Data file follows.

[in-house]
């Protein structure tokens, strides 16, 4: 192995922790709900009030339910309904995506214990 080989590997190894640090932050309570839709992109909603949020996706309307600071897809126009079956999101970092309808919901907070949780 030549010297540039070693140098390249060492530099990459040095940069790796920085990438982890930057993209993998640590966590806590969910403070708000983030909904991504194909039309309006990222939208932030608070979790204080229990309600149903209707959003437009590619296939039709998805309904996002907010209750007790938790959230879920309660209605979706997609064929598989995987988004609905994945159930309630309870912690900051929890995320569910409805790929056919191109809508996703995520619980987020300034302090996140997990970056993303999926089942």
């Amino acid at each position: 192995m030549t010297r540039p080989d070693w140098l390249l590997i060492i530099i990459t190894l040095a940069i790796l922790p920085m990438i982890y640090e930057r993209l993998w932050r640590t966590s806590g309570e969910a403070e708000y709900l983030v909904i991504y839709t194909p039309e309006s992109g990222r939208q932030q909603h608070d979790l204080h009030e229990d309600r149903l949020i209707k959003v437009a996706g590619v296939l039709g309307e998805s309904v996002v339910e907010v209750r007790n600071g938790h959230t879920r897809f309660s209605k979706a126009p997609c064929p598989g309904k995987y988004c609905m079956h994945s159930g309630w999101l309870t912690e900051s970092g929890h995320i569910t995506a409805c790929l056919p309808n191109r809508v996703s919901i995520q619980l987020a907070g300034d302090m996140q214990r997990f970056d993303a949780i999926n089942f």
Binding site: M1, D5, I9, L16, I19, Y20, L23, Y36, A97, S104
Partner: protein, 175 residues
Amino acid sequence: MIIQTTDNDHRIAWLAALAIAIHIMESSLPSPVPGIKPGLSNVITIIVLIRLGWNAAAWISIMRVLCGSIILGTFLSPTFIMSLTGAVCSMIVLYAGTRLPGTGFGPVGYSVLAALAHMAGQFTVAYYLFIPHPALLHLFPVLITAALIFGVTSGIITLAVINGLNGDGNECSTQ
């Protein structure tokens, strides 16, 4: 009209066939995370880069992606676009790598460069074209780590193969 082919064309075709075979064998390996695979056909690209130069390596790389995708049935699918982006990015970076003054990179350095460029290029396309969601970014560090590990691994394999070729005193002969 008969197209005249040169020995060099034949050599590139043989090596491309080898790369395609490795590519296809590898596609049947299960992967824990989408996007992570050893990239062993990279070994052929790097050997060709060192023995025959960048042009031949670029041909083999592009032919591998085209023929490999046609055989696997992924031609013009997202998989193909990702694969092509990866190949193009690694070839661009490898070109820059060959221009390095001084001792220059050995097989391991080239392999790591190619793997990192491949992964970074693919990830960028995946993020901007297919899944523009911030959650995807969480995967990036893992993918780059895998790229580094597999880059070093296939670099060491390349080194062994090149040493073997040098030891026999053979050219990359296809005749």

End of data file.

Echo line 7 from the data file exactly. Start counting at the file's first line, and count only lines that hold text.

């Protein structure tokens, strides 16, 4: 009209066939995370880069992606676009790598460069074209780590193969 082919064309075709075979064998390996695979056909690209130069390596790389995708049935699918982006990015970076003054990179350095460029290029396309969601970014560090590990691994394999070729005193002969 008969197209005249040169020995060099034949050599590139043989090596491309080898790369395609490795590519296809590898596609049947299960992967824990989408996007992570050893990239062993990279070994052929790097050997060709060192023995025959960048042009031949670029041909083999592009032919591998085209023929490999046609055989696997992924031609013009997202998989193909990702694969092509990866190949193009690694070839661009490898070109820059060959221009390095001084001792220059050995097989391991080239392999790591190619793997990192491949992964970074693919990830960028995946993020901007297919899944523009911030959650995807969480995967990036893992993918780059895998790229580094597999880059070093296939670099060491390349080194062994090149040493073997040098030891026999053979050219990359296809005749």